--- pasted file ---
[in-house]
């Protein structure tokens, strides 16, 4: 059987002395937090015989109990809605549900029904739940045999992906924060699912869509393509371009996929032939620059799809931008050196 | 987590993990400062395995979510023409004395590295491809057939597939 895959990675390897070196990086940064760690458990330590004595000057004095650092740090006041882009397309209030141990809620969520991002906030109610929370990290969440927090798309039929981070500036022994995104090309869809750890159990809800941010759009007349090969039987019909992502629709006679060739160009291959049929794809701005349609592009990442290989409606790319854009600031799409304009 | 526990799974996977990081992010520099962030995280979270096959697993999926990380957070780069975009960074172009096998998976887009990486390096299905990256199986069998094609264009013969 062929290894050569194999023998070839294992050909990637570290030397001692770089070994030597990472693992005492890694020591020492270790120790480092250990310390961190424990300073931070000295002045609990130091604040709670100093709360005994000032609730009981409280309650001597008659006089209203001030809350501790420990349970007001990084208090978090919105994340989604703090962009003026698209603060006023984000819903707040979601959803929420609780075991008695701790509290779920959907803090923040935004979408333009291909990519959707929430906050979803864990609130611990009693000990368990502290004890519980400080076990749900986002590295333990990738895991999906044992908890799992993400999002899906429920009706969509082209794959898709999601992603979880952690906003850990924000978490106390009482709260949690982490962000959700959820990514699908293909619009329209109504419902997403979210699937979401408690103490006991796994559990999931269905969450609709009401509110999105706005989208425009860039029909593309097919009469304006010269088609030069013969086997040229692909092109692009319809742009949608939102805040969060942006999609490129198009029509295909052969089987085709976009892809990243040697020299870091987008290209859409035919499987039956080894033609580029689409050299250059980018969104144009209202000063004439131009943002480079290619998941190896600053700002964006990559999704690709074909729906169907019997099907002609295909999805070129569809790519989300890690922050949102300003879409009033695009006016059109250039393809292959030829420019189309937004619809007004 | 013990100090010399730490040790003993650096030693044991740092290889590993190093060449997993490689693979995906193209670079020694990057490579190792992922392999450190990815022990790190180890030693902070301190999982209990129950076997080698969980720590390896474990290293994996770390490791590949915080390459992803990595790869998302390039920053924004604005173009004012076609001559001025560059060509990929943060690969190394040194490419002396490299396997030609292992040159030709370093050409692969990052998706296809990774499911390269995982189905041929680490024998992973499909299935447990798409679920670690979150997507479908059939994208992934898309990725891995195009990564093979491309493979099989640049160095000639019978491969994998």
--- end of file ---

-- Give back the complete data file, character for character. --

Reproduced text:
[in-house]
């Protein structure tokens, strides 16, 4: 059987002395937090015989109990809605549900029904739940045999992906924060699912869509393509371009996929032939620059799809931008050196 | 987590993990400062395995979510023409004395590295491809057939597939 895959990675390897070196990086940064760690458990330590004595000057004095650092740090006041882009397309209030141990809620969520991002906030109610929370990290969440927090798309039929981070500036022994995104090309869809750890159990809800941010759009007349090969039987019909992502629709006679060739160009291959049929794809701005349609592009990442290989409606790319854009600031799409304009 | 526990799974996977990081992010520099962030995280979270096959697993999926990380957070780069975009960074172009096998998976887009990486390096299905990256199986069998094609264009013969 062929290894050569194999023998070839294992050909990637570290030397001692770089070994030597990472693992005492890694020591020492270790120790480092250990310390961190424990300073931070000295002045609990130091604040709670100093709360005994000032609730009981409280309650001597008659006089209203001030809350501790420990349970007001990084208090978090919105994340989604703090962009003026698209603060006023984000819903707040979601959803929420609780075991008695701790509290779920959907803090923040935004979408333009291909990519959707929430906050979803864990609130611990009693000990368990502290004890519980400080076990749900986002590295333990990738895991999906044992908890799992993400999002899906429920009706969509082209794959898709999601992603979880952690906003850990924000978490106390009482709260949690982490962000959700959820990514699908293909619009329209109504419902997403979210699937979401408690103490006991796994559990999931269905969450609709009401509110999105706005989208425009860039029909593309097919009469304006010269088609030069013969086997040229692909092109692009319809742009949608939102805040969060942006999609490129198009029509295909052969089987085709976009892809990243040697020299870091987008290209859409035919499987039956080894033609580029689409050299250059980018969104144009209202000063004439131009943002480079290619998941190896600053700002964006990559999704690709074909729906169907019997099907002609295909999805070129569809790519989300890690922050949102300003879409009033695009006016059109250039393809292959030829420019189309937004619809007004 | 013990100090010399730490040790003993650096030693044991740092290889590993190093060449997993490689693979995906193209670079020694990057490579190792992922392999450190990815022990790190180890030693902070301190999982209990129950076997080698969980720590390896474990290293994996770390490791590949915080390459992803990595790869998302390039920053924004604005173009004012076609001559001025560059060509990929943060690969190394040194490419002396490299396997030609292992040159030709370093050409692969990052998706296809990774499911390269995982189905041929680490024998992973499909299935447990798409679920670690979150997507479908059939994208992934898309990725891995195009990564093979491309493979099989640049160095000639019978491969994998």